Nanostructure Engineering May Benefit Medical Coatings Applications

August 24, 2009

2 Min Read
Nanostructure Engineering May Benefit Medical Coatings Applications

Researchers at the State Key Laboratory of Electroanalytical Chemistry at the Chinese Academy of Sciences (CAS; Beijing) have demonstrated the potential of using biofilms for nanostructure engineering. Describing the use of biofilms as engineering materials for nanostructures and demonstrating it using zinc oxide nanorods, the scientists says that since biofilms are gel-like matrices that can be adhered on several substrates, such bilateral adhesive behavior can be employed to immobilize the nanostructures on various types of substrates. Because of the material's excellent biocompatibility, this strategy can perhaps be marshaled to produce medical coatings and other biomedical products.

While biofilms are generally viewed as pathogenic threats, their complex frameworks, biological behavior, chemical heterogeneity, and physical structure at the micro- and the nanoscale can also be useful in nanofabrication.

Led by Xiurong Yang, a professor at the Changchun Institute of Applied Chemistry, the researchers present strategies that can be applied to the immobilization, fabrication, and organization of nanostructures as long as they can be prepared in an aqueous solution and the precursors can react with a bacterium. Their research shows that biofilms can be an efficient and low-cost approach for large-scale fabrication of various nanostructures.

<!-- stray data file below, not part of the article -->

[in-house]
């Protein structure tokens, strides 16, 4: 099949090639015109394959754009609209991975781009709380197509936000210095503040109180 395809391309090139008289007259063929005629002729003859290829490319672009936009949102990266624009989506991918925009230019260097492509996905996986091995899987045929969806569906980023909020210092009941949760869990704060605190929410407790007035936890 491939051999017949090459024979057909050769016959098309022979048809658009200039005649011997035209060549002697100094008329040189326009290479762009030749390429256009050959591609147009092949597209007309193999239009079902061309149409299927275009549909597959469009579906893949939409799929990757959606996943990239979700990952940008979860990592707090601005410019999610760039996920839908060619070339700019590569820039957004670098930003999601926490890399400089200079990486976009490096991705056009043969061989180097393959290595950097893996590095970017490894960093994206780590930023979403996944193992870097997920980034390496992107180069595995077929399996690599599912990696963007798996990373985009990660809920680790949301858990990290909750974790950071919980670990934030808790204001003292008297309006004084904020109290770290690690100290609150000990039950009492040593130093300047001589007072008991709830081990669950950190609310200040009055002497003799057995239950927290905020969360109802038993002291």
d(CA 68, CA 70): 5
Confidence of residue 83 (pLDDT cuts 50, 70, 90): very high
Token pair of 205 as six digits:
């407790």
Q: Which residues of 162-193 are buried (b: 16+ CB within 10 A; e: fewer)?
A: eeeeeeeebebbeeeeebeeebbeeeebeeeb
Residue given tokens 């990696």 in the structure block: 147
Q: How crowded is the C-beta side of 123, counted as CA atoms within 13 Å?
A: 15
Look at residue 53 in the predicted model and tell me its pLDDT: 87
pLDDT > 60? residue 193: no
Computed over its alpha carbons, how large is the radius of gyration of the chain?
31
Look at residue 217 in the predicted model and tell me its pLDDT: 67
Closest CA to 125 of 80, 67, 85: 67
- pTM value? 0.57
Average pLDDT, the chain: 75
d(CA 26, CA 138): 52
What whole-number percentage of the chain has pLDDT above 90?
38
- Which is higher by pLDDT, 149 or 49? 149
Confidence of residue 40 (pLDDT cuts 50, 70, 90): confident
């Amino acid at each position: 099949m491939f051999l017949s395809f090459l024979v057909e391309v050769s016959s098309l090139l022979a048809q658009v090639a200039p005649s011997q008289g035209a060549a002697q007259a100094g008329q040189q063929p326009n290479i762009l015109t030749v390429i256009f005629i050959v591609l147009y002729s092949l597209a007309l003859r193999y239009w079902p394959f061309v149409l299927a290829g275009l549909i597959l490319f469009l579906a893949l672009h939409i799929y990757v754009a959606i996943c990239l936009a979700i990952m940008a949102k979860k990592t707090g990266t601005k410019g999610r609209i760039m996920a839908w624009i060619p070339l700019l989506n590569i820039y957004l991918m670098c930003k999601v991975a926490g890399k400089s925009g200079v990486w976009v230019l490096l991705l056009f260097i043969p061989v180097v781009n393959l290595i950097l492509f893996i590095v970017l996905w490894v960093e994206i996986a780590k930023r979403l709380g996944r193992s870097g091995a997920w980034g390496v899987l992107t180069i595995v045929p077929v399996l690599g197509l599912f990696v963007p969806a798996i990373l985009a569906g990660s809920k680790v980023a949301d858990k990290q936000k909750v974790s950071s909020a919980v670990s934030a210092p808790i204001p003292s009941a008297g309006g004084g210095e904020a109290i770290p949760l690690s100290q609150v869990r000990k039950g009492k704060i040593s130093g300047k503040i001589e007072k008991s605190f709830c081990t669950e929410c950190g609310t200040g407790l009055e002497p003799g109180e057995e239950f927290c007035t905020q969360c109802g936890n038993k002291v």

Using the example of zinc oxide nanostructures, the CAS team explored the use of biofilms in three aspects: immobilization, morphological organization, and selective permeability. They began with the fermentation of Streptococcus thermophilus, a lactic acid bacterium. They then used the resulting biofilm to immobilize zinc oxide nanorods on a polystyrene substrate with a curved surface (the inner wall of a centrifuge tube). These as-grown zinc oxide nanostructures remained quite stable after irradiation sterilization. This technique also worked on other substrates, such as glass, silicon, and indium tin oxide.

"The ingenious structure of biofilms can lead to the synthesis of fantastic nanostructure devices, even beyond the fabrication capability of the current state-of-the-art methods," the authors say.

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